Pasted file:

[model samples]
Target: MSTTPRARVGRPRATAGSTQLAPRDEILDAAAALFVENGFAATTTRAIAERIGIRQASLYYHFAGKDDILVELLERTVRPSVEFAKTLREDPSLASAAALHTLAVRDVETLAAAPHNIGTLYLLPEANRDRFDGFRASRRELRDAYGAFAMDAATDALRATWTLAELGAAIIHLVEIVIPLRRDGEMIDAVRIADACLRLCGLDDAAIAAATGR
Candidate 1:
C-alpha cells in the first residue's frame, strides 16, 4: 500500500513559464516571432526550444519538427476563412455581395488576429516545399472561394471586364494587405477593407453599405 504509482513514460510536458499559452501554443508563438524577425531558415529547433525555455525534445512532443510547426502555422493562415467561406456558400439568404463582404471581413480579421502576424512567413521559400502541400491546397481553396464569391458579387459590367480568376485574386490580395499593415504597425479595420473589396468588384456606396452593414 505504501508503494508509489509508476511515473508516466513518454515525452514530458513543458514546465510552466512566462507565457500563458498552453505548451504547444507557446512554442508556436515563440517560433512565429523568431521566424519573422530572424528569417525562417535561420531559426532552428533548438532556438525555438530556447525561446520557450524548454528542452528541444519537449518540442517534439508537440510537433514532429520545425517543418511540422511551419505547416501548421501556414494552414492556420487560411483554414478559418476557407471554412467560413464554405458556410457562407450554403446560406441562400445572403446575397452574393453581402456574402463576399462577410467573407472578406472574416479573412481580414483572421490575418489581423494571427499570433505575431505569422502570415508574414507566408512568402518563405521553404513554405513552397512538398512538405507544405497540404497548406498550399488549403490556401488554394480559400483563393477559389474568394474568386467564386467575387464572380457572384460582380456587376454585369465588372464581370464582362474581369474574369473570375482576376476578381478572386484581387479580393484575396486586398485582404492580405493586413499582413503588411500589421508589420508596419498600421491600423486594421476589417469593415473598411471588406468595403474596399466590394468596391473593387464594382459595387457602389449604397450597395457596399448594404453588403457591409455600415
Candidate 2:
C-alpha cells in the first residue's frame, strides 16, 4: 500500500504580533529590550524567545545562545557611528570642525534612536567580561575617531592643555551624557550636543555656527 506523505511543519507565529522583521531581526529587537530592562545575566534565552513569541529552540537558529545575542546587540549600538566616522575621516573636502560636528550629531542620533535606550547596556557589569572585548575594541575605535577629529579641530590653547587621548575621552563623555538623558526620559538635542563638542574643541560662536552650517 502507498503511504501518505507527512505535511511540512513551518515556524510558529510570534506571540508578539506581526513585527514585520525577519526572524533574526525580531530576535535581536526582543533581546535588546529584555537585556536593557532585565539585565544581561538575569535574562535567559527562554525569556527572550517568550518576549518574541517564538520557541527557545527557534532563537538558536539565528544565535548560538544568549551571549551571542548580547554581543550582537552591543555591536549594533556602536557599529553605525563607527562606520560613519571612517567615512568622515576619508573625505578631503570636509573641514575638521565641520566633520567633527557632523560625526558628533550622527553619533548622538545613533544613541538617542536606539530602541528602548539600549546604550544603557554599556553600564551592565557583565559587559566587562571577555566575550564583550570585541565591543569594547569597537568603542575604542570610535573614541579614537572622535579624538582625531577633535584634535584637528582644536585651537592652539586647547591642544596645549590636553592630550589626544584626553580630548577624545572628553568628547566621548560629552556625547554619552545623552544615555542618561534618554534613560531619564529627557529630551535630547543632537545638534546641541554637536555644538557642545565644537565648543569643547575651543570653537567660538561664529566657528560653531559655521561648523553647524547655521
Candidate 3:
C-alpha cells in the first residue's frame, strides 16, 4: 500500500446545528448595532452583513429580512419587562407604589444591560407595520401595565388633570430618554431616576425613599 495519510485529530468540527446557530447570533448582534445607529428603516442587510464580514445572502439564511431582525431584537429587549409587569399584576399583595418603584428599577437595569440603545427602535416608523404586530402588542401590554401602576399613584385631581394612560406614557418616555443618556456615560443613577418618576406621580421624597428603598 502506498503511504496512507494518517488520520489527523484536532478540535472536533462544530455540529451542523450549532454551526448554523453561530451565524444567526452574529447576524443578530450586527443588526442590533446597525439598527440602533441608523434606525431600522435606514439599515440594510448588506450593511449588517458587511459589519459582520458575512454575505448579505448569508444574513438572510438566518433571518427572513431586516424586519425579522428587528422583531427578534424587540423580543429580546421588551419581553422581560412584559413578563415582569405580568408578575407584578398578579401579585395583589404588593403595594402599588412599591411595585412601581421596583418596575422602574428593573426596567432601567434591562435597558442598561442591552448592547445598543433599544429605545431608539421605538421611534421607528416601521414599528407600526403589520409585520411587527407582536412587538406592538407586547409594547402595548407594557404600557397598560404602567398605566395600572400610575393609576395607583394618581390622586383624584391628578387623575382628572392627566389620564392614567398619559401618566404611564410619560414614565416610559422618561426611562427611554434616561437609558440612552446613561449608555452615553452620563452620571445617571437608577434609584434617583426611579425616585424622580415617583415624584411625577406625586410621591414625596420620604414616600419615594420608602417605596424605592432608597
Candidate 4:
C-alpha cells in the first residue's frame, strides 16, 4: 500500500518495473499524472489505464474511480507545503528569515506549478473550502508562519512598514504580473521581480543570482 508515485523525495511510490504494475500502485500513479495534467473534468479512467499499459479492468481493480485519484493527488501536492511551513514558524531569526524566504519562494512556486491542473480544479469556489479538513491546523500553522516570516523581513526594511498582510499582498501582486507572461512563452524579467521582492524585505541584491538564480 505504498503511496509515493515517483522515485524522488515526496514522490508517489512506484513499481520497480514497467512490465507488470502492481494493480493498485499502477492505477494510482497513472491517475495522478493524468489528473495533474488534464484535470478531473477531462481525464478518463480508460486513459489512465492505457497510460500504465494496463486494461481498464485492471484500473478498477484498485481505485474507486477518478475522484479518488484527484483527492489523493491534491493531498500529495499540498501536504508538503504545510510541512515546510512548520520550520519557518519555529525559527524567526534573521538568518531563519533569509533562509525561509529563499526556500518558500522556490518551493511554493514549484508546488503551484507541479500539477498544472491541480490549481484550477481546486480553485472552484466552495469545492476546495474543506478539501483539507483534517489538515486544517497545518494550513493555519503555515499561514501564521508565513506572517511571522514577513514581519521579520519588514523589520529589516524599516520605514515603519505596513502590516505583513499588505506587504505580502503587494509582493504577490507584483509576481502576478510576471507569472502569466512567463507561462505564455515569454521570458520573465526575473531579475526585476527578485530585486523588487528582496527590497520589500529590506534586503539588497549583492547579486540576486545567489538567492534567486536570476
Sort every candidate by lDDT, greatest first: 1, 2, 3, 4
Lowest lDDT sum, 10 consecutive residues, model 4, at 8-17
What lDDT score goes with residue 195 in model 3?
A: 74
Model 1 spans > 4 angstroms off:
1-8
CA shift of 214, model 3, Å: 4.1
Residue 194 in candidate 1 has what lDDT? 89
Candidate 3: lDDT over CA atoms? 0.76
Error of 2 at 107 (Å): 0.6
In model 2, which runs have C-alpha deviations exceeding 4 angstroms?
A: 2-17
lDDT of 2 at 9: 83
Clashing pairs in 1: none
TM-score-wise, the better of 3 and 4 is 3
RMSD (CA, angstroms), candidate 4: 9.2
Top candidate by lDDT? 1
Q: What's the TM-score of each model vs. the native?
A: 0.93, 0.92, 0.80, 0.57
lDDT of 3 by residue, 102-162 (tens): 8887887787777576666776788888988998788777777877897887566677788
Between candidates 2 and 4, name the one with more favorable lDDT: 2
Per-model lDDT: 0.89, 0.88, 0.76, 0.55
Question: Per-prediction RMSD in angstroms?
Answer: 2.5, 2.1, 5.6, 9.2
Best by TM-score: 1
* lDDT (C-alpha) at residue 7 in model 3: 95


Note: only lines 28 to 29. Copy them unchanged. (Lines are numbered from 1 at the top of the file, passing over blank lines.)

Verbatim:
Q: What's the TM-score of each model vs. the native?
A: 0.93, 0.92, 0.80, 0.57